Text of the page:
1. Penal excess is a poor name and concept, and a gift to satirists.
    2. Examples of “PA” need to be given. Personally, I think people committing minor offences are treated far too leniently , those committing major offences far too harshly.
    3. The campaign should be based on science, ie reliant on evidence not on opinion or morality.
    4. Policies should be devised to benefit society as whole, not just special interest groups.
    5. The debate on disproportionality should be mathematically informed. As a man, the justice system discriminates against me, as far more men than women are sent to prison. Only a statistician or epidemiologist can say if this is justified.
    6. The Law and Penal System should be concerned with justice, and not with social engineering, changing the law, enforcing morality and religion, personal vengeance, etc. The central person, the one that must be kept onside, is the offender. If he feels the law or punishment is unfair, illogical or hypocritical, he is going to be further alienated from society.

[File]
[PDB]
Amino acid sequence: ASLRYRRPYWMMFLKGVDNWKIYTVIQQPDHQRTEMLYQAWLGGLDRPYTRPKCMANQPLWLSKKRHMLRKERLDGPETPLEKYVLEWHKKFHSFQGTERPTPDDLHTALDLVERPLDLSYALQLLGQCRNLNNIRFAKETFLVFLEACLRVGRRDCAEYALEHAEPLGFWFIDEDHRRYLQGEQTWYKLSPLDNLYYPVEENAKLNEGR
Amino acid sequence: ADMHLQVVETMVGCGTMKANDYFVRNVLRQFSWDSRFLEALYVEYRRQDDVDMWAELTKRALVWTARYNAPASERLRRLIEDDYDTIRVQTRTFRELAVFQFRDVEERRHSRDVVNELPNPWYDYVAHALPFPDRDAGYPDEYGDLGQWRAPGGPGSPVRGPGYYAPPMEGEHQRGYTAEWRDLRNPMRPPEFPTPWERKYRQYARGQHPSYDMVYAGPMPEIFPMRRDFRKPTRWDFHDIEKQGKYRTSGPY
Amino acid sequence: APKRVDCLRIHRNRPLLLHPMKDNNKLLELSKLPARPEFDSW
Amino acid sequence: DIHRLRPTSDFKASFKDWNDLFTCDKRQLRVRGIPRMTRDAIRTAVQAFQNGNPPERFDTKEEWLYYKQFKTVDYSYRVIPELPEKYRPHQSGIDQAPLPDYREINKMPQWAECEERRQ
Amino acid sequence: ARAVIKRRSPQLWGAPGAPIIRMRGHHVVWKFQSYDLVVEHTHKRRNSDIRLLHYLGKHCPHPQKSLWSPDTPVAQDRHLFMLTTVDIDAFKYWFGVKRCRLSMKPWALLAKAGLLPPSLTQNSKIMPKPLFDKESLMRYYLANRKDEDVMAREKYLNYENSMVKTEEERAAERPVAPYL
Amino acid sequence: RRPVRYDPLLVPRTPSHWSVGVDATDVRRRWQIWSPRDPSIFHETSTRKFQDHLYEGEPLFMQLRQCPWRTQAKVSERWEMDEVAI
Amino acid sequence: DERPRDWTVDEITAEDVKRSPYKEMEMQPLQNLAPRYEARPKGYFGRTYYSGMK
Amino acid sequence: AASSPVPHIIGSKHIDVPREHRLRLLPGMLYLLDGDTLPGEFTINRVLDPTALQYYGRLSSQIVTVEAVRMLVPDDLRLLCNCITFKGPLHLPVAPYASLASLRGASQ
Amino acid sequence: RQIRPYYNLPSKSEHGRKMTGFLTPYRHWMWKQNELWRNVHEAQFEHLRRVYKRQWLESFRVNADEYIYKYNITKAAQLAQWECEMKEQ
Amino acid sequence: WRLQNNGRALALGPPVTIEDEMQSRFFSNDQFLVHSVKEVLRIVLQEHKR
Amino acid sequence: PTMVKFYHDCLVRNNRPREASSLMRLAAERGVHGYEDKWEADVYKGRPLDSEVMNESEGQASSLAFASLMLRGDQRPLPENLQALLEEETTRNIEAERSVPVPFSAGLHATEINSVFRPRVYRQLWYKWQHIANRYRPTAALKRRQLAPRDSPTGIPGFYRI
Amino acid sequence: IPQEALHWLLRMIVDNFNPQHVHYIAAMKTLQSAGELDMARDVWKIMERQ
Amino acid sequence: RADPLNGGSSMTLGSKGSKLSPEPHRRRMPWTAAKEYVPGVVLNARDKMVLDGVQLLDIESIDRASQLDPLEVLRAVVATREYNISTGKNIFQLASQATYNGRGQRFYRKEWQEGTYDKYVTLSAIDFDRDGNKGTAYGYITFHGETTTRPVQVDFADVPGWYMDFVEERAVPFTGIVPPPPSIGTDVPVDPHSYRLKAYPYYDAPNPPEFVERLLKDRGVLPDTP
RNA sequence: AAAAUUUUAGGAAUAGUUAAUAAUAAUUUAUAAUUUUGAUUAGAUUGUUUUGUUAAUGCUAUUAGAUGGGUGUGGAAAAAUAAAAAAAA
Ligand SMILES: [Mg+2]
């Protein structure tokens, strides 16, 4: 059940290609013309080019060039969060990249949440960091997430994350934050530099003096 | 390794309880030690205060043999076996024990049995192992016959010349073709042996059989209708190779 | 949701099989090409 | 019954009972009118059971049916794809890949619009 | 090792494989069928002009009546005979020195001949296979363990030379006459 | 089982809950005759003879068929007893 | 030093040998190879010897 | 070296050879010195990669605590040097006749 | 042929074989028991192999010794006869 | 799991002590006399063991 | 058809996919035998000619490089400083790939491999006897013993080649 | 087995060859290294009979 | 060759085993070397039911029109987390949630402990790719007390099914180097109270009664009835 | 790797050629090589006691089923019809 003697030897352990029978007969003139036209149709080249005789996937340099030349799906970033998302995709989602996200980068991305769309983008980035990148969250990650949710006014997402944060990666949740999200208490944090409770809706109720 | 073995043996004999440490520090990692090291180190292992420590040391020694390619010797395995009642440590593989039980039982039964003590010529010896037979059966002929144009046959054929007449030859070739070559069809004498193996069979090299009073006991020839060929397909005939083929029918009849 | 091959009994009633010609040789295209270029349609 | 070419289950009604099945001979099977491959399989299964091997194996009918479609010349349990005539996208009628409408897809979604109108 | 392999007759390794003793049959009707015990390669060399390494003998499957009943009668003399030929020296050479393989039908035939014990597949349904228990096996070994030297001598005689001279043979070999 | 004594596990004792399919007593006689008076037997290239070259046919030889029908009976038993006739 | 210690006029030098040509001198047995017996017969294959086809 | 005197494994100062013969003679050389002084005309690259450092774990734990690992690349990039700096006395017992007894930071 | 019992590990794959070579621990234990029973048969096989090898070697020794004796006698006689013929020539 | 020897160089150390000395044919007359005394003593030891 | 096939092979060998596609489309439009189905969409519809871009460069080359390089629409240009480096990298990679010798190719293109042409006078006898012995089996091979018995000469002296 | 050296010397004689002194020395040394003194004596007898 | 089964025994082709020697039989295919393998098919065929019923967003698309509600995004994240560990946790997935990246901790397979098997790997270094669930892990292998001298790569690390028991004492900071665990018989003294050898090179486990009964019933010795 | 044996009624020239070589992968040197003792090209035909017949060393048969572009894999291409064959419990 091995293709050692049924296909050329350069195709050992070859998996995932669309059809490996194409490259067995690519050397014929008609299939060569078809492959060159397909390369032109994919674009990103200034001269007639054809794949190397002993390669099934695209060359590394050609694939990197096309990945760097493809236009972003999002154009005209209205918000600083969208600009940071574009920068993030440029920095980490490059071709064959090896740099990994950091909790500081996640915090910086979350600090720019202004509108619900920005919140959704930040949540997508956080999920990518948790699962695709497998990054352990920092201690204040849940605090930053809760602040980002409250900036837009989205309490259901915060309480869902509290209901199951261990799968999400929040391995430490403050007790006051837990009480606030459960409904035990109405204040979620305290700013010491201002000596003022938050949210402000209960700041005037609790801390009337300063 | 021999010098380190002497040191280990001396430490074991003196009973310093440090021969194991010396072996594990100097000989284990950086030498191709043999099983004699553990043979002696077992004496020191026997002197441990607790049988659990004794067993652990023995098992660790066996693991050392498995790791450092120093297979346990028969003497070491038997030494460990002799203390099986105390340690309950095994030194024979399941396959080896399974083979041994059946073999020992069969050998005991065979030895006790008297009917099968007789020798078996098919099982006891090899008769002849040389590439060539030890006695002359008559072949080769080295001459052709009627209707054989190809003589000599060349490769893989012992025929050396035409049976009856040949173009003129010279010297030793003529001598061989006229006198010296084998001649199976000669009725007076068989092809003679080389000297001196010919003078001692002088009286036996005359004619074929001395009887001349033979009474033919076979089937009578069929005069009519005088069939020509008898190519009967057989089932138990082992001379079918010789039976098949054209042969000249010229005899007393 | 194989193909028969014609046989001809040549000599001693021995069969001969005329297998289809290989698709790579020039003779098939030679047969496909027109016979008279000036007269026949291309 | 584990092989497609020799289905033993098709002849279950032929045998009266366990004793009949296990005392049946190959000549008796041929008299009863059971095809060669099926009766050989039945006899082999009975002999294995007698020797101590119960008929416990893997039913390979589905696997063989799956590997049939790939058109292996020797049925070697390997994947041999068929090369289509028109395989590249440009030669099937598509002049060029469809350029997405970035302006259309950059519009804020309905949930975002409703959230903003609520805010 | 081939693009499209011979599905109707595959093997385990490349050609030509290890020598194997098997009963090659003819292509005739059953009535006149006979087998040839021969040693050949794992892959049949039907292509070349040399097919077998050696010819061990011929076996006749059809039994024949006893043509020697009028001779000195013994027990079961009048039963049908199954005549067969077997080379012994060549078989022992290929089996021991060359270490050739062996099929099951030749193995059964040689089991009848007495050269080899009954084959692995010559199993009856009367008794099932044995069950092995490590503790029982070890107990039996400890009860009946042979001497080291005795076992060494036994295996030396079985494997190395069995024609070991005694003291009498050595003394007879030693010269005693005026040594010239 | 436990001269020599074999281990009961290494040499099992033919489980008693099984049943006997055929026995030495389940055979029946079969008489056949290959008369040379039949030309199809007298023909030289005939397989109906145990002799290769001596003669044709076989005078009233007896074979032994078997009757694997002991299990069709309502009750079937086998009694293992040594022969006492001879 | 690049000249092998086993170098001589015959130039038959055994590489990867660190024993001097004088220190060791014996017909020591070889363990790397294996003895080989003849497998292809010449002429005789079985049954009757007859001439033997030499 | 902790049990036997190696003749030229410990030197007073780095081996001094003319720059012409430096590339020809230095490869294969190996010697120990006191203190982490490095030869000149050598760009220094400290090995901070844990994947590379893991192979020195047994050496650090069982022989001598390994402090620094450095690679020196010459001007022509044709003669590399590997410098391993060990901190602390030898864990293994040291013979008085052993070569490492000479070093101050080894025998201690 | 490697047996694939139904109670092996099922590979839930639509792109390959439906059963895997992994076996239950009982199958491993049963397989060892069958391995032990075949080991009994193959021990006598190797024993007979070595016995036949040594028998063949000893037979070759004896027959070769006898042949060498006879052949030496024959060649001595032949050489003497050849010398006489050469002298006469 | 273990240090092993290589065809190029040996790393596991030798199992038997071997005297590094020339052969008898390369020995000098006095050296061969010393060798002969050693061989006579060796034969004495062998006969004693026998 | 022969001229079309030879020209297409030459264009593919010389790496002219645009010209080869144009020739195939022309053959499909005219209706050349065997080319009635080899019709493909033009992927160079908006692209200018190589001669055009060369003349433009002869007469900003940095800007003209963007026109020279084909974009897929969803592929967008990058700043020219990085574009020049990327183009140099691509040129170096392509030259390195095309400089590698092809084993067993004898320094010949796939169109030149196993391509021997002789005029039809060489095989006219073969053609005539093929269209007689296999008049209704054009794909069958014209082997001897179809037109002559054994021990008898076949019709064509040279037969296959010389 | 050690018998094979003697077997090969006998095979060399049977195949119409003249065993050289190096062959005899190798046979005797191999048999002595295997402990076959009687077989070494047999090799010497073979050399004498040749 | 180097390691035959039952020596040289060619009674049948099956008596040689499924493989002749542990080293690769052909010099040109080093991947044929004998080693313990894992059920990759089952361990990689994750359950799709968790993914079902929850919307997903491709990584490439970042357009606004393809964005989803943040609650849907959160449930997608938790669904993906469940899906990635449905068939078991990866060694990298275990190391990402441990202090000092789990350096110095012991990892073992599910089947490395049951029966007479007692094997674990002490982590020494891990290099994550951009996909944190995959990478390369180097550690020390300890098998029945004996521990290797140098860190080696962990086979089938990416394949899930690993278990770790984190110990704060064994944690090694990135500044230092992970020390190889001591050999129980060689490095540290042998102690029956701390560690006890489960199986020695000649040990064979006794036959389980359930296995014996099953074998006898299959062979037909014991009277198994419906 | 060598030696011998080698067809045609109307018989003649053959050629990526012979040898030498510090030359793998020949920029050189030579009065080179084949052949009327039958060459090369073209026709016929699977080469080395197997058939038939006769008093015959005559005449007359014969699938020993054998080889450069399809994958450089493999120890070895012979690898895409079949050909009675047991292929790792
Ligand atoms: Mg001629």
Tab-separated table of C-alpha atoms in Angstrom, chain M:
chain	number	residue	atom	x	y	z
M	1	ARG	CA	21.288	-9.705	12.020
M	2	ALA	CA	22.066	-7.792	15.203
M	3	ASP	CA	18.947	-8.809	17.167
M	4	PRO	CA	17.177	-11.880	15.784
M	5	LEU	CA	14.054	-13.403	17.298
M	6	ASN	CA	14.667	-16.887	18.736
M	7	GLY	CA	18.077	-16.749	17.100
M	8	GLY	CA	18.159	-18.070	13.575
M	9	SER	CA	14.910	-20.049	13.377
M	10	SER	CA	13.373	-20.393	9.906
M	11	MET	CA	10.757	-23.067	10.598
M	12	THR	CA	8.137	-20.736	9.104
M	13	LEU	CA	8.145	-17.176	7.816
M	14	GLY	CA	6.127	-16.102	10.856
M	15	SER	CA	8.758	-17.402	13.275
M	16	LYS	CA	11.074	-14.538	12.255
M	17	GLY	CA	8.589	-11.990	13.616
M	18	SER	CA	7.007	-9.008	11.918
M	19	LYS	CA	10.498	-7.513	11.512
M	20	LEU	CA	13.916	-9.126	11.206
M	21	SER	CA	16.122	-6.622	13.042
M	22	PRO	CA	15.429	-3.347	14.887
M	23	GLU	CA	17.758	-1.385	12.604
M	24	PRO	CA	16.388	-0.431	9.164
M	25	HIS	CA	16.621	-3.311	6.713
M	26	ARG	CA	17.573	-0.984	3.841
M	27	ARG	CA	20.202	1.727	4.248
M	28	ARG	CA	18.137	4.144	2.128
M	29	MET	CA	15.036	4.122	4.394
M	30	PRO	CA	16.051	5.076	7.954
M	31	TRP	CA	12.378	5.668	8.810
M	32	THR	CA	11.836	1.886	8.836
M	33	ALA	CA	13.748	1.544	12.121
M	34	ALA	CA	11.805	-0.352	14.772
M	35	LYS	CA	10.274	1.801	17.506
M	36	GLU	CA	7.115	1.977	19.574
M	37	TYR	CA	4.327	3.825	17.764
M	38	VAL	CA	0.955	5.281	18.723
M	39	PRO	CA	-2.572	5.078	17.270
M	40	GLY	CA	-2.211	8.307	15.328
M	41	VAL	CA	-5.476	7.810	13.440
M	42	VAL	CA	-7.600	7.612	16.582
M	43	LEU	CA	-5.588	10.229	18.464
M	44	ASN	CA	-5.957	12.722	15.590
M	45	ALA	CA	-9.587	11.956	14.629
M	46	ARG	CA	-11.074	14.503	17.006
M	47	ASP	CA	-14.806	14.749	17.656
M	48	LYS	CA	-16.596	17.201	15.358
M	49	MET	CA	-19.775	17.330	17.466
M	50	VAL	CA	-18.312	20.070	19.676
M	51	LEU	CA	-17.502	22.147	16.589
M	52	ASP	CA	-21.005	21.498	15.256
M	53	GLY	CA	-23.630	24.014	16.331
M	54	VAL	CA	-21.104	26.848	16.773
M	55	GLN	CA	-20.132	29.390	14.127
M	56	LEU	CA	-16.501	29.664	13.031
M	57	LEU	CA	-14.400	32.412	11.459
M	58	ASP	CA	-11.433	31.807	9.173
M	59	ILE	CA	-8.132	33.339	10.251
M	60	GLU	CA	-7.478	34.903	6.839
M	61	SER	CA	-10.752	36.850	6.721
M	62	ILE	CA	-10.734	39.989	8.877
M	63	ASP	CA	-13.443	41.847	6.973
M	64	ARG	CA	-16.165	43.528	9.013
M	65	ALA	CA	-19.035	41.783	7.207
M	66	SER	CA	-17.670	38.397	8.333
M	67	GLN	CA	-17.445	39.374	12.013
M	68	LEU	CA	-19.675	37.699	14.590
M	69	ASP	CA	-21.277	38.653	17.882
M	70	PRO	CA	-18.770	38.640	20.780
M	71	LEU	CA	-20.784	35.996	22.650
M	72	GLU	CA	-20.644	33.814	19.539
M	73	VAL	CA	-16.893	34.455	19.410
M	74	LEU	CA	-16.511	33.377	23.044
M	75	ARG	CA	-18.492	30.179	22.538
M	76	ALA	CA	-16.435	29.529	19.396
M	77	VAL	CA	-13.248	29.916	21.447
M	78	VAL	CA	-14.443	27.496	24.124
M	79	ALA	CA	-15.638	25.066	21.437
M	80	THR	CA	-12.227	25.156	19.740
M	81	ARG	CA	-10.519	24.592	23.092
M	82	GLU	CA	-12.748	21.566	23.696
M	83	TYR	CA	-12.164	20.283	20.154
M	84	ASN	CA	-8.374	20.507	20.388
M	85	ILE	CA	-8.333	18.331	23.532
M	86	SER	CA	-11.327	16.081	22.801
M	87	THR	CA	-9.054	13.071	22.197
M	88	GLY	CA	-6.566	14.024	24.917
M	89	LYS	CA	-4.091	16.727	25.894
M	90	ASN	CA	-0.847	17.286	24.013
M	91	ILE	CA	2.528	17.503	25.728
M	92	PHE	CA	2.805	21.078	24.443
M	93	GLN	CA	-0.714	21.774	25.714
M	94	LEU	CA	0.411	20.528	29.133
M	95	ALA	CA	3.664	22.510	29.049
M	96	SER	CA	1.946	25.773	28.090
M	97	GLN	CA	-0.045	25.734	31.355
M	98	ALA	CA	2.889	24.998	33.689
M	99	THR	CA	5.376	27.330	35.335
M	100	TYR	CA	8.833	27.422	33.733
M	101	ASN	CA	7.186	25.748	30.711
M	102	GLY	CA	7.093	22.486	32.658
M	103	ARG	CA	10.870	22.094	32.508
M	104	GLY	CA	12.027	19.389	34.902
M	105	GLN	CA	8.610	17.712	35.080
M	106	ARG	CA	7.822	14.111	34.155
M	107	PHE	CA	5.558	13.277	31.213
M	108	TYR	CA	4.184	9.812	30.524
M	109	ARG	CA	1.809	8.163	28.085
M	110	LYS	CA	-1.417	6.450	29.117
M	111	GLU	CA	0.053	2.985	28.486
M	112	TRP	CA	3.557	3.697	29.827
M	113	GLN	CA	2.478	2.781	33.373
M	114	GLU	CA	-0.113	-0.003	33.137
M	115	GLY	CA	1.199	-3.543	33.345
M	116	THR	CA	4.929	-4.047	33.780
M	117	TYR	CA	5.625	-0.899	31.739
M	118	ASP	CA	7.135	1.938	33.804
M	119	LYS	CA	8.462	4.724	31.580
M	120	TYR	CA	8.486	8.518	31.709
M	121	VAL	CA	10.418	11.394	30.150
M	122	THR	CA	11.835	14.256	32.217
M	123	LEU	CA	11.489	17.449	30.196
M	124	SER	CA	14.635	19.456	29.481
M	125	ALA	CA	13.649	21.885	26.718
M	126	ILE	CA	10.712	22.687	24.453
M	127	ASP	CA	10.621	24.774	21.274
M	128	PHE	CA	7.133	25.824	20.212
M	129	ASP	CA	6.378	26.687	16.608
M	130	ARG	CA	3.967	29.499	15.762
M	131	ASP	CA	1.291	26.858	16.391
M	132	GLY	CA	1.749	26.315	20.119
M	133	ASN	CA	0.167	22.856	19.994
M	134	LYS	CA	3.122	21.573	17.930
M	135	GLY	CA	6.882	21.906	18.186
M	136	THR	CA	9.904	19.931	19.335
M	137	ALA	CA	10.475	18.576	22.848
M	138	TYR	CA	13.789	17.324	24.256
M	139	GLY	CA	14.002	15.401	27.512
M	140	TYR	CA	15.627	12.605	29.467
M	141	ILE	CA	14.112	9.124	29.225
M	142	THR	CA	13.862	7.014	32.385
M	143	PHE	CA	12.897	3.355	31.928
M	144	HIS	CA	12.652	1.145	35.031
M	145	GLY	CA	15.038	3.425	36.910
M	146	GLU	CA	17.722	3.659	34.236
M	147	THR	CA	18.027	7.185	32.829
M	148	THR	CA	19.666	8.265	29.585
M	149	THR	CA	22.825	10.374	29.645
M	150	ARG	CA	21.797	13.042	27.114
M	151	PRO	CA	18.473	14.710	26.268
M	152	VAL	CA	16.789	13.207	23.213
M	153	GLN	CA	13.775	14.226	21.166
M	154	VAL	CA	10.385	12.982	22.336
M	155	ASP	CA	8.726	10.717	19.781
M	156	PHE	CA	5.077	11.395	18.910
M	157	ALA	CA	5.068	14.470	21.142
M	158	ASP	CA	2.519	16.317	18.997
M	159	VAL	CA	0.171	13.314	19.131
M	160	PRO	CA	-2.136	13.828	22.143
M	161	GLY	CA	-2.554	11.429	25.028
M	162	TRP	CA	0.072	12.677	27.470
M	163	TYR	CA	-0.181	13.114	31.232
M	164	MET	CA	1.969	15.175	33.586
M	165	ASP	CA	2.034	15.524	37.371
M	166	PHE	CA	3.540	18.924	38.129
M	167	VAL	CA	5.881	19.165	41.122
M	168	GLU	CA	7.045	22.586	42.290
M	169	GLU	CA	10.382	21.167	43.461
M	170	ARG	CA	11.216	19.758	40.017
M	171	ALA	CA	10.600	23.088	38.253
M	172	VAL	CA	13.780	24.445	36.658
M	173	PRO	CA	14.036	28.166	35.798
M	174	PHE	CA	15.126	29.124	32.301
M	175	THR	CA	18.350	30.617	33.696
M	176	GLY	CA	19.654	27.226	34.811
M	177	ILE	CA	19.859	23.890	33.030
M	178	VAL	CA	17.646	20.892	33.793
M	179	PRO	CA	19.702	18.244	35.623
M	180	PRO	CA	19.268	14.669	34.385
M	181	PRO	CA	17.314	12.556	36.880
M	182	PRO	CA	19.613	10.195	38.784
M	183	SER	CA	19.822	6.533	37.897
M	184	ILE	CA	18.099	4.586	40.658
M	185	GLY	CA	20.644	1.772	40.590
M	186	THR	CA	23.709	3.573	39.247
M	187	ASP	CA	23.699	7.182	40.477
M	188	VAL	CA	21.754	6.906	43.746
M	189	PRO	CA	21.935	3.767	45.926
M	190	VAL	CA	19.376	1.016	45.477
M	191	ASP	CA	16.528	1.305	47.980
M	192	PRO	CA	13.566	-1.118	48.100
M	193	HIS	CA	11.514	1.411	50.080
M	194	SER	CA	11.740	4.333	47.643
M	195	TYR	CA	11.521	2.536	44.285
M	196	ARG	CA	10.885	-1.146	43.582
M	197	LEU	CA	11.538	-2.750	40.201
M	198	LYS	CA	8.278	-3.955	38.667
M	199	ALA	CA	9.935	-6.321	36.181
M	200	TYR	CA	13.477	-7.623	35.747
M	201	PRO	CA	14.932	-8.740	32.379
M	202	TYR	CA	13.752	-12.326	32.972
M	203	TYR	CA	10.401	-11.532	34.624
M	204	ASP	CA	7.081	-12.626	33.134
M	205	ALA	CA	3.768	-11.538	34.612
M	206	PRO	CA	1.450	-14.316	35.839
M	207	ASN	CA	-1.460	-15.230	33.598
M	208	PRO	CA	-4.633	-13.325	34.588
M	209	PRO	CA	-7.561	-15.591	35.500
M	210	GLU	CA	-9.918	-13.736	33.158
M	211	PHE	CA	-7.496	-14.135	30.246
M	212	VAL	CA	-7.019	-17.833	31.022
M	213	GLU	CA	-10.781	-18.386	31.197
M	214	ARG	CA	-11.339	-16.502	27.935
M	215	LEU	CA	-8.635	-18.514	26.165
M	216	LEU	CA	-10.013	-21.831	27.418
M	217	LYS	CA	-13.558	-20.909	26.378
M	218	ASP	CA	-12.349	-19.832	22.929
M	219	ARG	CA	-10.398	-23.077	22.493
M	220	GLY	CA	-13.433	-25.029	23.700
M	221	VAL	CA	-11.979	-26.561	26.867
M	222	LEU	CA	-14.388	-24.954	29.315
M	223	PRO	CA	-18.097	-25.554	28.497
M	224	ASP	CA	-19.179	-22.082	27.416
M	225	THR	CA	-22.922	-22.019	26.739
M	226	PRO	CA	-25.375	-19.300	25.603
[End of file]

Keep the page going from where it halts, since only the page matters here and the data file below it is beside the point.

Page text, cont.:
7. The most obvious example of penal excess is the mandatory life sentence for murder. As long as this remains, it gives a strong signal that it is impossible to have a rational debate about crime and punishment. Actually, judging by the current hysteria about child abuse, it seems that society does not want to have a rational debate, and wants to return to pre-enlightenment values, where personal vengeance reigned and the strong dominated the weak.
    8. This movement should have a positive not negative name, eg ProJust. It is easy to see what is unjust, less easy to suggest viable alternatives.

  2. guestcontributorpenalexcess says:

    Posted on behalf of Dr Deborah Drake, The Open University:

    I liked the idea of EsCAPE as a name.

    In terms of principles: I think a key aim of the coalition has to be debunking the notion that criminal justice (and prisons) ‘work’ to reduce harm or address problems of crime. Additionally, I would be in favour of challenging the notion that punishment (the infliction of pain) is a suitable response to crime.

    Finally, I think the coalition should aim to work toward gathering evidence and developing theory and practice led proposed policies (that might be tested) as alternatives to criminal justice as we currently practice it.

  3. guestcontributorpenalexcess says:

    Posted on behalf of Dr David Scott, University of Central Lancashire.

    I would like to propose the following three principles to underscore the campaign / coalition